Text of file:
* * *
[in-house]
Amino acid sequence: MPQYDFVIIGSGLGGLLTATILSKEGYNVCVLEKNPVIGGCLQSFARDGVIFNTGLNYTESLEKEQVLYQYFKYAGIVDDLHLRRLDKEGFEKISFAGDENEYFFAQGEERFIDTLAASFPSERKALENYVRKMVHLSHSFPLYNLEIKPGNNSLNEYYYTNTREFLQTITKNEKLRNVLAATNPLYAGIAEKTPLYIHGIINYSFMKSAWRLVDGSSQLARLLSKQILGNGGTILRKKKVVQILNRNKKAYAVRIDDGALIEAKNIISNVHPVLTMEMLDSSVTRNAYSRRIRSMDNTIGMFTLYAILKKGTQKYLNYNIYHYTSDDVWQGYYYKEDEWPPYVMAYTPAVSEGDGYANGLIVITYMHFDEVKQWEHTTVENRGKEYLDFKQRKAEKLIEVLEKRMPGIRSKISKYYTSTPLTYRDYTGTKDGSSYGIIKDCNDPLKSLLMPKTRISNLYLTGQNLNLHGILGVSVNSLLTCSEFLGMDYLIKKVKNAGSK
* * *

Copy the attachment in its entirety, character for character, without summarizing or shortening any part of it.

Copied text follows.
[in-house]
Amino acid sequence: MPQYDFVIIGSGLGGLLTATILSKEGYNVCVLEKNPVIGGCLQSFARDGVIFNTGLNYTESLEKEQVLYQYFKYAGIVDDLHLRRLDKEGFEKISFAGDENEYFFAQGEERFIDTLAASFPSERKALENYVRKMVHLSHSFPLYNLEIKPGNNSLNEYYYTNTREFLQTITKNEKLRNVLAATNPLYAGIAEKTPLYIHGIINYSFMKSAWRLVDGSSQLARLLSKQILGNGGTILRKKKVVQILNRNKKAYAVRIDDGALIEAKNIISNVHPVLTMEMLDSSVTRNAYSRRIRSMDNTIGMFTLYAILKKGTQKYLNYNIYHYTSDDVWQGYYYKEDEWPPYVMAYTPAVSEGDGYANGLIVITYMHFDEVKQWEHTTVENRGKEYLDFKQRKAEKLIEVLEKRMPGIRSKISKYYTSTPLTYRDYTGTKDGSSYGIIKDCNDPLKSLLMPKTRISNLYLTGQNLNLHGILGVSVNSLLTCSEFLGMDYLIKKVKNAGSK